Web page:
14 November 2009

Flower Spider - Diaea species 'Mallee'

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Flower Spider - Diaea sp. 'Mallee'

Flower Spiders belong to the Thomisidae family along with 27 genera and nearly 150 Australian species, and this only represents the described ones, as many like the above await scientific classification. There are a number of white spiders in this group, but those in the genus Diaea can be recognised by the eye arrangement that is shaped like a smiley mouth.

These are ambush spiders that normally wait camouflaged on similar brightly colored flowers for a visiting flying insect in hope of a nectar meal, but end up being a meal themselves. Interestingly, the spiders above were not on a blooming flower - one was under a cluster of bright yellow pop-flowers, whilst the other was on a very odorous plant that had finished flowering, but clearly still attracting flying insects, as this spider was waiting exposed on top of a leaf and possibly hoping it looked like an actual flower, which may represent another hunting technique of these spiders.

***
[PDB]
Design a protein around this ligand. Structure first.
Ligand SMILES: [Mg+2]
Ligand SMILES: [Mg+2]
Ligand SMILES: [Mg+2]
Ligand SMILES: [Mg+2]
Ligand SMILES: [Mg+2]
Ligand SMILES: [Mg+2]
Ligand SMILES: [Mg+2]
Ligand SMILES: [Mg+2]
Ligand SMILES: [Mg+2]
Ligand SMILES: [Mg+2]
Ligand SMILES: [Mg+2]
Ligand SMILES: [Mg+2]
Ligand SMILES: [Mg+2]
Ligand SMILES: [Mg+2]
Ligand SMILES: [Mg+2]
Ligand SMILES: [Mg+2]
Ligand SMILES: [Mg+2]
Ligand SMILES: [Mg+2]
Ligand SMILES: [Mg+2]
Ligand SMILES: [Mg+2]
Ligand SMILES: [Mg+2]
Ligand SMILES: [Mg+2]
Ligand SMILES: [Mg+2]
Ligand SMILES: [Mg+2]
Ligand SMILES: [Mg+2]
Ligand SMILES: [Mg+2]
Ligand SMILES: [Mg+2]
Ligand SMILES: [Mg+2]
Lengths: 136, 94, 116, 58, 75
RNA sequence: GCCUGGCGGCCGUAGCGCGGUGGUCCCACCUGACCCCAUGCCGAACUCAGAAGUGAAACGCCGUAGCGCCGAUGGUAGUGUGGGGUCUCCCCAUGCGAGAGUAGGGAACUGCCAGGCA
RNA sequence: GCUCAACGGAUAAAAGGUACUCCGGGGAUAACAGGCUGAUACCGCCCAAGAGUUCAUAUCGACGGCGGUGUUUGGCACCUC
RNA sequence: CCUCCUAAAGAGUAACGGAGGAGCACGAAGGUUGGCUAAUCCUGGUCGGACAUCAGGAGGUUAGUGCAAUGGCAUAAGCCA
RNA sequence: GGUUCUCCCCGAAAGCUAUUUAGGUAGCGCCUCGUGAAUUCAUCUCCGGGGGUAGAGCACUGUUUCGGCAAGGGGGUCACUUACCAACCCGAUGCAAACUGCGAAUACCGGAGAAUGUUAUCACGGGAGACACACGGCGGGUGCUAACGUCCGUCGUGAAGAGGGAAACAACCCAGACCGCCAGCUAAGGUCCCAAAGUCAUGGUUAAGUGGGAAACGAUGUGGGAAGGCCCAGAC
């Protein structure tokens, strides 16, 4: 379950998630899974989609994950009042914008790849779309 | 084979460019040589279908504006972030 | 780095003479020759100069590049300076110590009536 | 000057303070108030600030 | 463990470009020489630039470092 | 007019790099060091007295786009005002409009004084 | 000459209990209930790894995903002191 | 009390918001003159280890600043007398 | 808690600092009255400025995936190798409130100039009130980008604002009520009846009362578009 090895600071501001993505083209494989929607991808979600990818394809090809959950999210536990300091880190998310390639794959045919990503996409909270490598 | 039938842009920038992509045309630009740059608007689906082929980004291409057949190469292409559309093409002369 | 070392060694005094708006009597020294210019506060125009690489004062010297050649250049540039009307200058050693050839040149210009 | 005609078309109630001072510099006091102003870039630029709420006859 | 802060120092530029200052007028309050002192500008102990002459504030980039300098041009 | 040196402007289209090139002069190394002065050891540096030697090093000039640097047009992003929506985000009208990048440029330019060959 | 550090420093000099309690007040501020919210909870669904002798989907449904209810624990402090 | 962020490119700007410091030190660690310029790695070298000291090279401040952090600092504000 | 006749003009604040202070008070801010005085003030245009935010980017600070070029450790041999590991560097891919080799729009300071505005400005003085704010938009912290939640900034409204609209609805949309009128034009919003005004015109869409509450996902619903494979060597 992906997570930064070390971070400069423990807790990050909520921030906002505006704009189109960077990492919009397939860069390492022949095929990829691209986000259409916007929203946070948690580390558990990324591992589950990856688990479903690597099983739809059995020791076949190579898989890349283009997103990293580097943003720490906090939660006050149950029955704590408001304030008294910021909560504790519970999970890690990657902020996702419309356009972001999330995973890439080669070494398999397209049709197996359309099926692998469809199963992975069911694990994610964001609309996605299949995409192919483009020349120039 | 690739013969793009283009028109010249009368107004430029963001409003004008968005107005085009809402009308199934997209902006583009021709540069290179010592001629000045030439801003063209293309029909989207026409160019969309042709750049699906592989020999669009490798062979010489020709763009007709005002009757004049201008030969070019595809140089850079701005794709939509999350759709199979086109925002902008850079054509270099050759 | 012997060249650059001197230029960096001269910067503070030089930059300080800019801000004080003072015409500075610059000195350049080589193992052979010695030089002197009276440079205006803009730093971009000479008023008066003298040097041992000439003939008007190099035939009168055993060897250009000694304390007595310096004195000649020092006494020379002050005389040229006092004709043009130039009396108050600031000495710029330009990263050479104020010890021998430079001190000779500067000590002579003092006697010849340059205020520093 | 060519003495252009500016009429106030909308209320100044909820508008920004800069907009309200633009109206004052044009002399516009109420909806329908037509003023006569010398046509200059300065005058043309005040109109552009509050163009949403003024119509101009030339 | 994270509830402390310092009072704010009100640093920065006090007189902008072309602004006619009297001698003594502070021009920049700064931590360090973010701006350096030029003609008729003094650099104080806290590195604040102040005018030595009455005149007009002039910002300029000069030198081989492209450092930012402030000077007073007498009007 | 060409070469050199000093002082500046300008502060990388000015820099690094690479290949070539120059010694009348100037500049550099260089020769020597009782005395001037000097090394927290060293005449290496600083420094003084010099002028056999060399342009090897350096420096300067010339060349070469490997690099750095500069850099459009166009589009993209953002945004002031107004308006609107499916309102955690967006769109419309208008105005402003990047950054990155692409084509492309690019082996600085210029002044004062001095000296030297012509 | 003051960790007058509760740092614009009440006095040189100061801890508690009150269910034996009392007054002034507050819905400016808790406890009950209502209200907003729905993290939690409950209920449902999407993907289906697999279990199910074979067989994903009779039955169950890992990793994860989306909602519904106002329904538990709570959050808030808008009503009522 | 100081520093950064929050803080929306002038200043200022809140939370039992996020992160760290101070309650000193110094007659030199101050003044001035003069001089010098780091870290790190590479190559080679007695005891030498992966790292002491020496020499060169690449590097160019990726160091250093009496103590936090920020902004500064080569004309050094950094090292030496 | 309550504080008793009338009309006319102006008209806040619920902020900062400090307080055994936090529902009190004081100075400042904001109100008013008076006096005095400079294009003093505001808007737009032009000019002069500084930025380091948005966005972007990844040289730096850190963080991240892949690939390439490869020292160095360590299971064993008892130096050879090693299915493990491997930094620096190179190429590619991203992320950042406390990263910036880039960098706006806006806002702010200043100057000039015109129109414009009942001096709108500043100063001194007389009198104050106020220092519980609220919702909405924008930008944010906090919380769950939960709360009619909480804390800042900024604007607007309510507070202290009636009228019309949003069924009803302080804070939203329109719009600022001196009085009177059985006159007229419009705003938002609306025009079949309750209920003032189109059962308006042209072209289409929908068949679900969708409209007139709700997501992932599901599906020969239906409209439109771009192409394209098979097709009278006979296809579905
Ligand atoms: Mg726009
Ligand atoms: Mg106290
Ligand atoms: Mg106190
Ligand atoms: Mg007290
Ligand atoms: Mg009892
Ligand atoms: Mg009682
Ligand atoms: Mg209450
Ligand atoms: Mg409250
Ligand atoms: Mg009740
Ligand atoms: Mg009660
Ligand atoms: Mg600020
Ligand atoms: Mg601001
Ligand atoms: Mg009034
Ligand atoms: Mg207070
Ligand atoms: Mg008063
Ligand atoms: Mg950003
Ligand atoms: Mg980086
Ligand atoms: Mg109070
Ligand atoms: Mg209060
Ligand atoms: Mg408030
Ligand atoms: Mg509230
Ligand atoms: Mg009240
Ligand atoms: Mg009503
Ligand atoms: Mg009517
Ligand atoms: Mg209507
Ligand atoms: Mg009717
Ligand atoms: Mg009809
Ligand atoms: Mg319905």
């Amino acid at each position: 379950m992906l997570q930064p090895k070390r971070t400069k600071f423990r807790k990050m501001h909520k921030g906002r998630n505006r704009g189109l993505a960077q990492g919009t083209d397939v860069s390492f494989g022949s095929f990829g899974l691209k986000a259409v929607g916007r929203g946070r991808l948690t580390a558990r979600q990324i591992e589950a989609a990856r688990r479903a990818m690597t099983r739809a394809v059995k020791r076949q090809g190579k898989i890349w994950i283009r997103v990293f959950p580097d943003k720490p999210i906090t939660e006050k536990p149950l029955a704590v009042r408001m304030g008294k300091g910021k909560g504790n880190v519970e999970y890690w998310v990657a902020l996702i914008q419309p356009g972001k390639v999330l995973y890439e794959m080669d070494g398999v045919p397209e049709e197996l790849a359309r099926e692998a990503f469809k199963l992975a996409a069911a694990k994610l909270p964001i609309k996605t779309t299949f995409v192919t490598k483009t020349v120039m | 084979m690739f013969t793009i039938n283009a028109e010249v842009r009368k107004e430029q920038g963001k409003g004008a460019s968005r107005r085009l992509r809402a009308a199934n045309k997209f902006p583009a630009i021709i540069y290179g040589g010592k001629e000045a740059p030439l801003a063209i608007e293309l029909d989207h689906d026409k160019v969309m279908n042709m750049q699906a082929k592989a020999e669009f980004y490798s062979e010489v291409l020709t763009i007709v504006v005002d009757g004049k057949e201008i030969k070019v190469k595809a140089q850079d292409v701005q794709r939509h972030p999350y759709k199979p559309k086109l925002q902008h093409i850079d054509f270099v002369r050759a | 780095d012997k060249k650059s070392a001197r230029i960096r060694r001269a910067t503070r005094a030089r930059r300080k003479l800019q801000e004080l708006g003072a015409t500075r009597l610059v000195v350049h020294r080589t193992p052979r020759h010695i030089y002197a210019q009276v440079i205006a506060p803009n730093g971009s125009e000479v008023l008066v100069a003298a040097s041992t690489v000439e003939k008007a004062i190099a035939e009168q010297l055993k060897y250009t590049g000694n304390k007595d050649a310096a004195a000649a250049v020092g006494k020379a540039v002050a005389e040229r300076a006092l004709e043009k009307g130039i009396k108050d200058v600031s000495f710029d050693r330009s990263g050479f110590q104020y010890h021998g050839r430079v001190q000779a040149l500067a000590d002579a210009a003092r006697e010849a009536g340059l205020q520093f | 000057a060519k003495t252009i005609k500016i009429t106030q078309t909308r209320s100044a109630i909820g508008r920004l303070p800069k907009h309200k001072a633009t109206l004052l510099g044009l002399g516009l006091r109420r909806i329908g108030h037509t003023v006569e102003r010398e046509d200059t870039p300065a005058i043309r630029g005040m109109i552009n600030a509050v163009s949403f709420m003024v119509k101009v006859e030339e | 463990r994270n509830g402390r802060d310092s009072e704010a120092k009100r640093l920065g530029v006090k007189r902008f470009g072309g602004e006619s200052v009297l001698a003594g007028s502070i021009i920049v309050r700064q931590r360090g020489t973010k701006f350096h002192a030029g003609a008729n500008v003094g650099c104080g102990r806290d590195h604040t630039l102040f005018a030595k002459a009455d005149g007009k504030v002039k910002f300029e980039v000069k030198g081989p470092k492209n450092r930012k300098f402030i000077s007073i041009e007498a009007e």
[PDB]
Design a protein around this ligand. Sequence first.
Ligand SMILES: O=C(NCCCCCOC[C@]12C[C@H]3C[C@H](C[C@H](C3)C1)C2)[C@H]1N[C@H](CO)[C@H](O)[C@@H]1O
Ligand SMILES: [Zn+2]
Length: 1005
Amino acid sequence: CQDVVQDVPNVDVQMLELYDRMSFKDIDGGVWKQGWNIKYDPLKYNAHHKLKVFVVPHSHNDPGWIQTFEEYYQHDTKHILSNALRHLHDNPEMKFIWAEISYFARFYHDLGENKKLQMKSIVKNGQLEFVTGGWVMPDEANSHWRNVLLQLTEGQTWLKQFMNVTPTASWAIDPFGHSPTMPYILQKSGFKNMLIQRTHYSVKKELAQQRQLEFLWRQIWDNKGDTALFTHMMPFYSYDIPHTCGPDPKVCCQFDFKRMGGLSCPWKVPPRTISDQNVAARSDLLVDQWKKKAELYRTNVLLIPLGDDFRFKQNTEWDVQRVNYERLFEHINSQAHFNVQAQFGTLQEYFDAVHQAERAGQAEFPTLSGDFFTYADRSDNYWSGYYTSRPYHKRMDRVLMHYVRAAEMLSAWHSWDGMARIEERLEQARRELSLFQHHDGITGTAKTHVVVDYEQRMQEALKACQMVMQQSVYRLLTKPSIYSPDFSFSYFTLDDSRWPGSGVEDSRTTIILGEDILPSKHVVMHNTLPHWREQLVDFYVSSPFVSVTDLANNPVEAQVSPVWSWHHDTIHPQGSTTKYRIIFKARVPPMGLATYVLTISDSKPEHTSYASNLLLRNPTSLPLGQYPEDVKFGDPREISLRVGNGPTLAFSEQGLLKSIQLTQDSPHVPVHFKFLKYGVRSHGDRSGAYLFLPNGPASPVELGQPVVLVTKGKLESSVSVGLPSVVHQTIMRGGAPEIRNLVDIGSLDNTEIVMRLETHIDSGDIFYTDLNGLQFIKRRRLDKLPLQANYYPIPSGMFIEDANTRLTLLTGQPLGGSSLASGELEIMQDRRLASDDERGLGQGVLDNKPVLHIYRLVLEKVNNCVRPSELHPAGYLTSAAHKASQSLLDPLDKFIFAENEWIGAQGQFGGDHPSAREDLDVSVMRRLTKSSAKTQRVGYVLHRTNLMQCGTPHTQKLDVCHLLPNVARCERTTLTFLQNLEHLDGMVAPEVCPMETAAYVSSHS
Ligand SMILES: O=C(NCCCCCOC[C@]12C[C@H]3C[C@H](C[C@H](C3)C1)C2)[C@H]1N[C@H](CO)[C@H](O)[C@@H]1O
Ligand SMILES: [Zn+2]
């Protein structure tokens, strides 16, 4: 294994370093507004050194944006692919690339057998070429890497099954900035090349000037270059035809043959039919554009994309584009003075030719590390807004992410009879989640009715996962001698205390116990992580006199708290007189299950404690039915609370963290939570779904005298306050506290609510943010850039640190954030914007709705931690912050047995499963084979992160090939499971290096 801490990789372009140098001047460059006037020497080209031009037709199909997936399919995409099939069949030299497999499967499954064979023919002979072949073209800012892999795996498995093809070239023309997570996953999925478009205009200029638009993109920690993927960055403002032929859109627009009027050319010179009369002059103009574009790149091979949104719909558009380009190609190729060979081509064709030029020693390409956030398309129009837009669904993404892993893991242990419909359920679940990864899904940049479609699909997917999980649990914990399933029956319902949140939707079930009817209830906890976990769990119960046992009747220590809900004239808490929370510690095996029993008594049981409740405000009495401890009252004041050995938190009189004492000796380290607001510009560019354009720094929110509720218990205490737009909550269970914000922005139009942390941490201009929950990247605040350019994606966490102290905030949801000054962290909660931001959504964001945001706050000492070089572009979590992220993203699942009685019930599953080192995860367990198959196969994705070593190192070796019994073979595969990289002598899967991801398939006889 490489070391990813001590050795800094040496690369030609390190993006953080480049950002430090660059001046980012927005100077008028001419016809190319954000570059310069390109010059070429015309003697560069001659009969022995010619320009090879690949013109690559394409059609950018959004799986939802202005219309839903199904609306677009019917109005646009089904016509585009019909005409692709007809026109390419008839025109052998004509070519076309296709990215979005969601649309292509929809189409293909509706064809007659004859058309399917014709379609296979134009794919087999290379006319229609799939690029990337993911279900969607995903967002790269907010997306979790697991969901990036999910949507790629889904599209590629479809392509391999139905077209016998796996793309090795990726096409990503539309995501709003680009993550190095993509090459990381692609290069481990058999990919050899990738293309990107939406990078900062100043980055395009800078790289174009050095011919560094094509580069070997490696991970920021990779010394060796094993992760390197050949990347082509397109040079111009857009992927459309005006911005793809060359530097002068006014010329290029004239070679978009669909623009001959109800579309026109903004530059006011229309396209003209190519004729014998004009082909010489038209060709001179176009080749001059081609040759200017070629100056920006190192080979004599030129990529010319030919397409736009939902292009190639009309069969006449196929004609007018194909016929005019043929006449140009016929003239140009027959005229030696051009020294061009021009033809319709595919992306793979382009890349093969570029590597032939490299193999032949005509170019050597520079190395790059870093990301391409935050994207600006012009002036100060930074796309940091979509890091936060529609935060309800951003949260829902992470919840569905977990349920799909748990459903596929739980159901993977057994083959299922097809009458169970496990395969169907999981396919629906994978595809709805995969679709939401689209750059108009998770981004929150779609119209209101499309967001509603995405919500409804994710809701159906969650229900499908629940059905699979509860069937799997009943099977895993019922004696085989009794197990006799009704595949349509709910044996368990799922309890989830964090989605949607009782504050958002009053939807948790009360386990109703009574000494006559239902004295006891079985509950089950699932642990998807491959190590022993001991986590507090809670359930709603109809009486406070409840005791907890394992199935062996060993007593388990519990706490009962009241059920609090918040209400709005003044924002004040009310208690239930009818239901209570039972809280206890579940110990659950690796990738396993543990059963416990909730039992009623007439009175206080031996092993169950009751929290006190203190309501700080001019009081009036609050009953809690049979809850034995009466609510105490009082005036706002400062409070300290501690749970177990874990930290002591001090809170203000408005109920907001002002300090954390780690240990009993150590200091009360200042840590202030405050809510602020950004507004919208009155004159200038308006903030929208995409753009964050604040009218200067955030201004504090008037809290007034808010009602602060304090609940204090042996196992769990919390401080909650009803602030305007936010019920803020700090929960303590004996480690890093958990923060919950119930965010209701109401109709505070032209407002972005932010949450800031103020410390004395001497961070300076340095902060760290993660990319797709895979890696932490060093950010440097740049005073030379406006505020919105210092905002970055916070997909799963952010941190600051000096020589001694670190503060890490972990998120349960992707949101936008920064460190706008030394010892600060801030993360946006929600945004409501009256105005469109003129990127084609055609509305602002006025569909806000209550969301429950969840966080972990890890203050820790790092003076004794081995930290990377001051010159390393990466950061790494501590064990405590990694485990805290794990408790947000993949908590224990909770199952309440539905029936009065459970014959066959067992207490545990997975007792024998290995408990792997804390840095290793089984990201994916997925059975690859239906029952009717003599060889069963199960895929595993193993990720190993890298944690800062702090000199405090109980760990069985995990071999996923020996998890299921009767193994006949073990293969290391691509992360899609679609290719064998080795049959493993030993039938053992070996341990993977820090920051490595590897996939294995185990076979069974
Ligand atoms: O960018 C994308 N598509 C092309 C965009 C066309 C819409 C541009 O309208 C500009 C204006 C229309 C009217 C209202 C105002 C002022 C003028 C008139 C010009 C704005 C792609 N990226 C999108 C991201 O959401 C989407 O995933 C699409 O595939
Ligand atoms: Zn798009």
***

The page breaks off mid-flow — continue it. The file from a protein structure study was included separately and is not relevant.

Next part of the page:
I have denoted this species as 'Mallee" simply because that is where I found them, although each was on a sandy inclusion with a number of heathland species. The first was encountered at 45 km (28 miles) north of Esperance, whilst the other was 110 km (68 miles) NW of Esperance and were discovered during October/November. Maybe arachnid enthusiasts can just go looking and find these spiders, but I must rely on accidentally crossing their paths when looking at the vegetation, so for me to encounter two of them within a week or so, I suspect they might be common in these more arid inland locations.